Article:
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appear auld banks beautiful bonnie Burns called character charms dear death Edinburgh face fair fate father fear feel flowers frae genius give hand happy head hear heart honest honour hope hour idea John kind lady lass lassie late leave letter light live look Lord madam mair meet mind mony morning muse nature ne'er never night Note o'er once perhaps pleasure poem poet poor present pride rest Robert round Scottish seen sing song soon soul sweet taste tears tell thee There's thing thou thought tion tune turn verses weel wife wild wind wish worth write written young
Side 28 - O' clod or stane, Adorns the histie stibble-field, Unseen, alane. There, in thy scanty mantle clad, Thy snawie bosom sun-ward spread, Thou lifts thy unassuming head In humble guise; But now the share uptears thy bed, And low thou lies! Such is the fate of artless maid, Sweet floweret of the rural shade ! By love's simplicity betray'd, And guileless trust, Till she, like thee, all soil'd, is laid Low i
Side 97 - I forget the hallowed grove, Where by the winding Ayr we met, To live one day of parting love ! " Eternity will not efface Those records dear of transports past ; Thy image at our last embrace ; Ah ! little thought we 'twas our last ! " Ayr gurgling kiss'd his pebbled shore, O'erhung with wild woods, thickening, green, The fragrant birch, and hawthorn hoar, Twin'd amorous round the raptured scene.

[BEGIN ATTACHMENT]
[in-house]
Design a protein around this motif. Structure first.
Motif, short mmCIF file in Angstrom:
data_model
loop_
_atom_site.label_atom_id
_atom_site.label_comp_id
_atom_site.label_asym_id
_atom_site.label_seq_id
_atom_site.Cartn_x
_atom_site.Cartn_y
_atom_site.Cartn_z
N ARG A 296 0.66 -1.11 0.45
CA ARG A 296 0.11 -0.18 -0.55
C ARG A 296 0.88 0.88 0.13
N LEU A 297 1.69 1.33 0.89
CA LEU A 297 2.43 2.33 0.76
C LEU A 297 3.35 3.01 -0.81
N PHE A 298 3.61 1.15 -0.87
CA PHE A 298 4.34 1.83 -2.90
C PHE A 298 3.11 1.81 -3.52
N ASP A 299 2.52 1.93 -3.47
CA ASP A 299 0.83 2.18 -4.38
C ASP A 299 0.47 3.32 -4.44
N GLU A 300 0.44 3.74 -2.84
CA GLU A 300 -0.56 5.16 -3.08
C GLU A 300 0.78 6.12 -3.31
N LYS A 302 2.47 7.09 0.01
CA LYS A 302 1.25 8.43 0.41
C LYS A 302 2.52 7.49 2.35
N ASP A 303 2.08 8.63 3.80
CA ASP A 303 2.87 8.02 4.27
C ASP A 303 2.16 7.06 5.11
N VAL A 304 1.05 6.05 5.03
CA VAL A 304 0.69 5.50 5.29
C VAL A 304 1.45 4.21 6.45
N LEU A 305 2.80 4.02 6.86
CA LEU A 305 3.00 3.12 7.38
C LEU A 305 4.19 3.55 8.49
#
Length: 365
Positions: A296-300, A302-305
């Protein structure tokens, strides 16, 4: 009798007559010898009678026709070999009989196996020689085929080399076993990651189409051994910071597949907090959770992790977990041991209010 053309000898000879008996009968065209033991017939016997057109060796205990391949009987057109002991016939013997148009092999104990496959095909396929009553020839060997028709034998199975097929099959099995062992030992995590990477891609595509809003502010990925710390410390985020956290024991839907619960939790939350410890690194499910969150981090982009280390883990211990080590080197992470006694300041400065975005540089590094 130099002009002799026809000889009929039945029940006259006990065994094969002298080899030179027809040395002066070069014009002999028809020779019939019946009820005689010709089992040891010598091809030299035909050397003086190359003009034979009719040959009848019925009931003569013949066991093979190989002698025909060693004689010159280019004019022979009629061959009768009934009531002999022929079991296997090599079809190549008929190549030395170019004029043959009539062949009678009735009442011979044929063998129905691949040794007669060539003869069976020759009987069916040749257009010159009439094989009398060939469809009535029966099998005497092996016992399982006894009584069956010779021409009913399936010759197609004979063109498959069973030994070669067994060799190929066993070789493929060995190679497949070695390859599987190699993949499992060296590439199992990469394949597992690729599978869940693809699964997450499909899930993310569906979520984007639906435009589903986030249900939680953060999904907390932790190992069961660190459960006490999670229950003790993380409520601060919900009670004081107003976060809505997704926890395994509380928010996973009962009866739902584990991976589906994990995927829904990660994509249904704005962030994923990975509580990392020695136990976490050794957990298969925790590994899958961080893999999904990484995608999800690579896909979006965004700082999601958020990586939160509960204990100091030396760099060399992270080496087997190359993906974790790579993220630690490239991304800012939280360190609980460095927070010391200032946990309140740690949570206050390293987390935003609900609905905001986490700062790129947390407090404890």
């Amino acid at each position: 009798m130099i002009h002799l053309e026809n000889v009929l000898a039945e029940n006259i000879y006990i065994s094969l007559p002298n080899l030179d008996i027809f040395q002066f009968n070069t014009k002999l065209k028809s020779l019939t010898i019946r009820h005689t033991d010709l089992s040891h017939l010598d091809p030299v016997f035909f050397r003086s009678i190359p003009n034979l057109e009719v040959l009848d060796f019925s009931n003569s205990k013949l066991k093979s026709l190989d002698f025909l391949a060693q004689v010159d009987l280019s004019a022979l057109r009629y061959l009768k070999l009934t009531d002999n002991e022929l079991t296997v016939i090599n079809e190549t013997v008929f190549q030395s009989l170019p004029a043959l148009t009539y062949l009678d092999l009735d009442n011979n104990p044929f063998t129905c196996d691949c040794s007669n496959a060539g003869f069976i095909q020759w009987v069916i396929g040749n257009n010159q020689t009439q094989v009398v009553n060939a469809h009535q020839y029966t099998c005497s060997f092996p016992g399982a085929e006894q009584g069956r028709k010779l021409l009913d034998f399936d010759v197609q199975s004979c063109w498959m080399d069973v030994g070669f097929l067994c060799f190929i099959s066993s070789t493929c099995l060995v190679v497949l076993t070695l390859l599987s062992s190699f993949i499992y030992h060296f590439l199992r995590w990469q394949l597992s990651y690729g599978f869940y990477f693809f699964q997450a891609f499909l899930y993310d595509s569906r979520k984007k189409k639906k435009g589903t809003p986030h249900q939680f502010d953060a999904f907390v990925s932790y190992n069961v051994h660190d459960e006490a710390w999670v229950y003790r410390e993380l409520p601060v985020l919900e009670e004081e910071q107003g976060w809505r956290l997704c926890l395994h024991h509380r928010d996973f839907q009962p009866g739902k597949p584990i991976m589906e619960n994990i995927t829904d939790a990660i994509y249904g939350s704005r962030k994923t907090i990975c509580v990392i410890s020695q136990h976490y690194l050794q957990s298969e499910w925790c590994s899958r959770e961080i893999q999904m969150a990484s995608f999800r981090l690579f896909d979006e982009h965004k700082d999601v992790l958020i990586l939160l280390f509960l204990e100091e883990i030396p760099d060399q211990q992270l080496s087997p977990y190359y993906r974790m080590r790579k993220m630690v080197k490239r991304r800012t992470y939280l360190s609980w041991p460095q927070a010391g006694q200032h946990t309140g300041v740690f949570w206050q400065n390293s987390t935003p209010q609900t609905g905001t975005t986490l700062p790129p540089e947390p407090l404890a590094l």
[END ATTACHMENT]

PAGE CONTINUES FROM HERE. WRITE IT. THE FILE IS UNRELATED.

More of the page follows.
Side 25 - Perhaps the Christian volume is the theme, How guiltless blood for guilty man was shed; How He, who bore in heaven the second name, Had not on earth whereon to lay his head; How his first followers and servants sped: The precepts sage they wrote to many a land: How he, who lone in Patmos banished, Saw in the sun a mighty angel stand; And heard great Babylon's doom pronounced by Heaven's command. Then, kneeling down to heaven's Eternal King, The saint, the father, and the husband prays; Hope springs...
Side 74 - Our toils obscure, and a' that ; The rank is but the guinea's stamp, The man's the gowd for a' that ! What tho' on hamely fare we dine, Wear hoddin gray, and a' that ; Gie fools their silks, and knaves their wine, A man's a man, for a
Side 69 - It is the wish'd, the trysted hour ! Those smiles and glances let me see, That make the miser's treasure poor ; How...
Side 153 - Are we a piece of machinery, which, like the /Eolian harp, passive, takes the impression of the passing accident ; or do these workings argue something within us above the trodden clod ? I own myself partial to such proofs of those awful and important realities : a God that made all things, man's immaterial and immortal nature, and a world of weal or wo beyond death and the grave.
Side 25 - Then kneeling down to Heaven's Eternal King, The saint, the father, and the husband prays; Hope 'springs exulting on triumphant wing,' That thus they all shall meet in future days, There ever bask in uncreated rays, No more to sigh or shed the bitter tear, Together hymning their Creator's praise, In such society, yet still more dear, While circling Time moves round in an eternal sphere.
Side 21 - Thy wee bit housie, too, in ruin ! Its silly wa's the win's are strewin ! An" naething, now, to big a new ane, O...